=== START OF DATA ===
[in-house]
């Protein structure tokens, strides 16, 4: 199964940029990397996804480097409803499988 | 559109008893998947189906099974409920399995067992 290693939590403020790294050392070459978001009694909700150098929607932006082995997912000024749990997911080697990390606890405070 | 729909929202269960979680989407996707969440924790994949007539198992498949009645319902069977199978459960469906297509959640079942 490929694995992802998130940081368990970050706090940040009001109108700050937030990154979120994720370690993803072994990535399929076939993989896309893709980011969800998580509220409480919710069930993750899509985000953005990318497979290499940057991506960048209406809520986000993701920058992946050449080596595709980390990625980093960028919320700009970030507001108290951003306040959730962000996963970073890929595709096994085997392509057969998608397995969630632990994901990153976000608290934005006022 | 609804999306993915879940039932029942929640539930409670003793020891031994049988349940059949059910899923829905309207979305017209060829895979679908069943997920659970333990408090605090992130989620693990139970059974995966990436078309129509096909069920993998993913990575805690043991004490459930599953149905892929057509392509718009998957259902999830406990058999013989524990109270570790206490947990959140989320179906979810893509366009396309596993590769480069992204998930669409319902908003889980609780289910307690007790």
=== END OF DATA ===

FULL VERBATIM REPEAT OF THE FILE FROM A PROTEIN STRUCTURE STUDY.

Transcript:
[in-house]
């Protein structure tokens, strides 16, 4: 199964940029990397996804480097409803499988 | 559109008893998947189906099974409920399995067992 290693939590403020790294050392070459978001009694909700150098929607932006082995997912000024749990997911080697990390606890405070 | 729909929202269960979680989407996707969440924790994949007539198992498949009645319902069977199978459960469906297509959640079942 490929694995992802998130940081368990970050706090940040009001109108700050937030990154979120994720370690993803072994990535399929076939993989896309893709980011969800998580509220409480919710069930993750899509985000953005990318497979290499940057991506960048209406809520986000993701920058992946050449080596595709980390990625980093960028919320700009970030507001108290951003306040959730962000996963970073890929595709096994085997392509057969998608397995969630632990994901990153976000608290934005006022 | 609804999306993915879940039932029942929640539930409670003793020891031994049988349940059949059910899923829905309207979305017209060829895979679908069943997920659970333990408090605090992130989620693990139970059974995966990436078309129509096909069920993998993913990575805690043991004490459930599953149905892929057509392509718009998957259902999830406990058999013989524990109270570790206490947990959140989320179906979810893509366009396309596993590769480069992204998930669409319902908003889980609780289910307690007790």